5 Ingenious Wills Created Mostly For Revenge 0

A skeleton takes his revenge

Death! Suffering! Elaborate old-timey insults! Sure, you can make a will for nice, kind reasons. Support your family. Choose a home for your cat. Give to charities. But why do that, when you can settle some old scores? Stay tuned for five wills that served up a revenge as cold as the grave…

1) The legacy of bitterness

Wellington boots or wellington burts
Unverified sighting of Wellington Burt in the wild.

Michigan lumber tycoon and owner of a pun-worthy name, Wellington Burt died in 1919 with a hefty fortune under his belt (or should we say, tucked into his Wellington Burts?). A multimillionaire philanthropist in life, Burt was expected to make his family and his town very wealthy indeed upon his death.

But it wasn’t to be: reputedly smarting from a nasty family spat, Burt instead left the bulk of his fortune in a trust fund, not to be opened until 21 years after the death of his last grandchild. 

As the years went by, Burt’s six children, seven grandchildren, six great-grandchildren and 11 great-great grandchildren have all died without seeing a penny. Meanwhile, the trust fund has grown to an estimated $100m. Relatives who finally inherited in 2011 described it as a “legacy of bitterness,” having watched family members pass away still fruitlessly hoping to claim that fortune.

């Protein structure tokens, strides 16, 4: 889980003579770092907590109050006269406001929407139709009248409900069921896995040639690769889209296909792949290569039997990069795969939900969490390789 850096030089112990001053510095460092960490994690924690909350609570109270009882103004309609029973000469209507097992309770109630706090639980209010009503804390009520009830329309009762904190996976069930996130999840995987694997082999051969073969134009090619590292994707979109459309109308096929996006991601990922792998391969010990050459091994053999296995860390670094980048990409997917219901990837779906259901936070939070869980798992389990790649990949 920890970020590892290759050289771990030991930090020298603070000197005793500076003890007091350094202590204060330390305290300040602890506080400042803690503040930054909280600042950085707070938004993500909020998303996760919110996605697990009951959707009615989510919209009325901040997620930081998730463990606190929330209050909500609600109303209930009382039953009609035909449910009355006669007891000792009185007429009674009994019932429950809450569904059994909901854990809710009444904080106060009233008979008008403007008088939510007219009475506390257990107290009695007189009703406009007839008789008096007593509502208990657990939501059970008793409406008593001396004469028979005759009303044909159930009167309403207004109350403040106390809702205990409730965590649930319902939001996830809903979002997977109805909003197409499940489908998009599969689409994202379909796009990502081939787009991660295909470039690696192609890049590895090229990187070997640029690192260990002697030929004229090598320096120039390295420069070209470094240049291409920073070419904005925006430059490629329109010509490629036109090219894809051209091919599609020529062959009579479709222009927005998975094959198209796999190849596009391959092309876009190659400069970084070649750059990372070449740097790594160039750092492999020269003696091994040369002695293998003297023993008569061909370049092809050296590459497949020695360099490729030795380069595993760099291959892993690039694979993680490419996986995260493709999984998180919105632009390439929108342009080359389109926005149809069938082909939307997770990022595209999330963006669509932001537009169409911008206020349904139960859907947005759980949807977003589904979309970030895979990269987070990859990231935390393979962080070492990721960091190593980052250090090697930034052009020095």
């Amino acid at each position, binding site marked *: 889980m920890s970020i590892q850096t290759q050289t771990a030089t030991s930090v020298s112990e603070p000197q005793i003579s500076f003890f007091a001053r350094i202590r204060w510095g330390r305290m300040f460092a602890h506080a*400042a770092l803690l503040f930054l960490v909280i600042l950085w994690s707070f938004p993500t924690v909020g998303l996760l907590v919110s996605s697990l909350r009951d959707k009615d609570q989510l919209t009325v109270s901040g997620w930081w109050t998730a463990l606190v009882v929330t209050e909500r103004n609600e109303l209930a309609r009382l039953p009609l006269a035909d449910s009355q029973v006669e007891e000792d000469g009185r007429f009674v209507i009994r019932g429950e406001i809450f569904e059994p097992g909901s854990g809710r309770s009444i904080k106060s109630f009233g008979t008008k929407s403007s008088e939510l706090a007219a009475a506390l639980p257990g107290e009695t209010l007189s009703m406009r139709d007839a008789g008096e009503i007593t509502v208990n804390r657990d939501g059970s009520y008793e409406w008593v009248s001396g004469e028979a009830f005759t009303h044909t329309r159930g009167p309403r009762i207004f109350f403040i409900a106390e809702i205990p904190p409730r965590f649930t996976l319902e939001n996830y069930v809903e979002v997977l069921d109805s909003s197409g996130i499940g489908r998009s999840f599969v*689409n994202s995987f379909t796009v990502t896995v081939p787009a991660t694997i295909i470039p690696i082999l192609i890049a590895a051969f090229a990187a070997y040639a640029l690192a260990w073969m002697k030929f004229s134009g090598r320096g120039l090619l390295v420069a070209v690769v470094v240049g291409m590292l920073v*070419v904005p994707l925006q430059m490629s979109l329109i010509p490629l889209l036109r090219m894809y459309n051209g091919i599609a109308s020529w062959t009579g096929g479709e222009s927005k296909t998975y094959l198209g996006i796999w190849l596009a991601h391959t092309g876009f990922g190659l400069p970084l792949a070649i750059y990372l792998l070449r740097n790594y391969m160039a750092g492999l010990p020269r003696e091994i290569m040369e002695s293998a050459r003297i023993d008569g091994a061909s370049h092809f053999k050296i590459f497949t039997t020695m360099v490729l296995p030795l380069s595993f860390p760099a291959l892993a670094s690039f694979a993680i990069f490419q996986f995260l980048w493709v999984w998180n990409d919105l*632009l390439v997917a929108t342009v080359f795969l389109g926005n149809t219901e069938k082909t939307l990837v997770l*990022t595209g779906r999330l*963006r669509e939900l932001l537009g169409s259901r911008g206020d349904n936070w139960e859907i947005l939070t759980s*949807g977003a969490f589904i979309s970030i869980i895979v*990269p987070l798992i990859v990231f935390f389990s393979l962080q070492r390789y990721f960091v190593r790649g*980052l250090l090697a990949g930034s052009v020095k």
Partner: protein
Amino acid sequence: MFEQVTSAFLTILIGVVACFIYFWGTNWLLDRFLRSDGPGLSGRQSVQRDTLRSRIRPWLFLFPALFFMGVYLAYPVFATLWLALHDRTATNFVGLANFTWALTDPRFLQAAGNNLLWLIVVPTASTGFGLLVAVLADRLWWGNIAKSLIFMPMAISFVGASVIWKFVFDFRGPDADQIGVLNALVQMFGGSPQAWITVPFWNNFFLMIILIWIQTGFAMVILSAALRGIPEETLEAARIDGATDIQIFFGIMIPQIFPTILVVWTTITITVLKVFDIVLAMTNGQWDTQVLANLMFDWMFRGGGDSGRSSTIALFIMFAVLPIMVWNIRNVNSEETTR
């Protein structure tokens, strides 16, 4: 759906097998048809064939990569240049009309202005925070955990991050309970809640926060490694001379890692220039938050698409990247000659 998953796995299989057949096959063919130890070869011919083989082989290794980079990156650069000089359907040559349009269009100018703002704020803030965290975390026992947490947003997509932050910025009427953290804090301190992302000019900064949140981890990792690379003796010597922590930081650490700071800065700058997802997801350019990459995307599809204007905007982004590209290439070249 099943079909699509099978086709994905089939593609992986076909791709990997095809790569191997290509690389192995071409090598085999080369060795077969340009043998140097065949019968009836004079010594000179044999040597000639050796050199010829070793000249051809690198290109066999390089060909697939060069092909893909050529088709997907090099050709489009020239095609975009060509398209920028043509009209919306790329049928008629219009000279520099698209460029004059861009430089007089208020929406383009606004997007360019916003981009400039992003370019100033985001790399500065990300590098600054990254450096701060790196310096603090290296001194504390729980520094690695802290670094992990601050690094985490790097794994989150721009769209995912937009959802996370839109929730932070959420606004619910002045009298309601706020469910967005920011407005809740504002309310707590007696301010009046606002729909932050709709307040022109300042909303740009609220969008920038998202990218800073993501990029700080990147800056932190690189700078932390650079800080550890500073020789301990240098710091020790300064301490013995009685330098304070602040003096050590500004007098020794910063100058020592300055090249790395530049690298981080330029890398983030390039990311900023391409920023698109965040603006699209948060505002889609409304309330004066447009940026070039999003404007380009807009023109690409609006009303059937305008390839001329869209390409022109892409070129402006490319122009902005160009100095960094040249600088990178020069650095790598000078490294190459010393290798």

Heinrich Heine on his deathbed
Heinrich Heine reflecting on his choices.

2) The final regret

For 15 years, German essayist and poet Heinrich Heine had a very volatile relationship with his wife, Mathilde. But when he fell ill, she stayed at his bedside to the very end – and received a somewhat ambiguous reward.

Heine left Mathilde a legacy, alright, but only if she remarried. His reasoning? “Because then, at least one man will regret my death.” Ouch.

3) The father-in-law’s revenge

Son-in-laws: can’t live with them, can’t guilt someone into putting shelves up around the house without them. In 1908, Garvey P. White’s used his will to take a parting shot at his daughter’s unfortunate husband: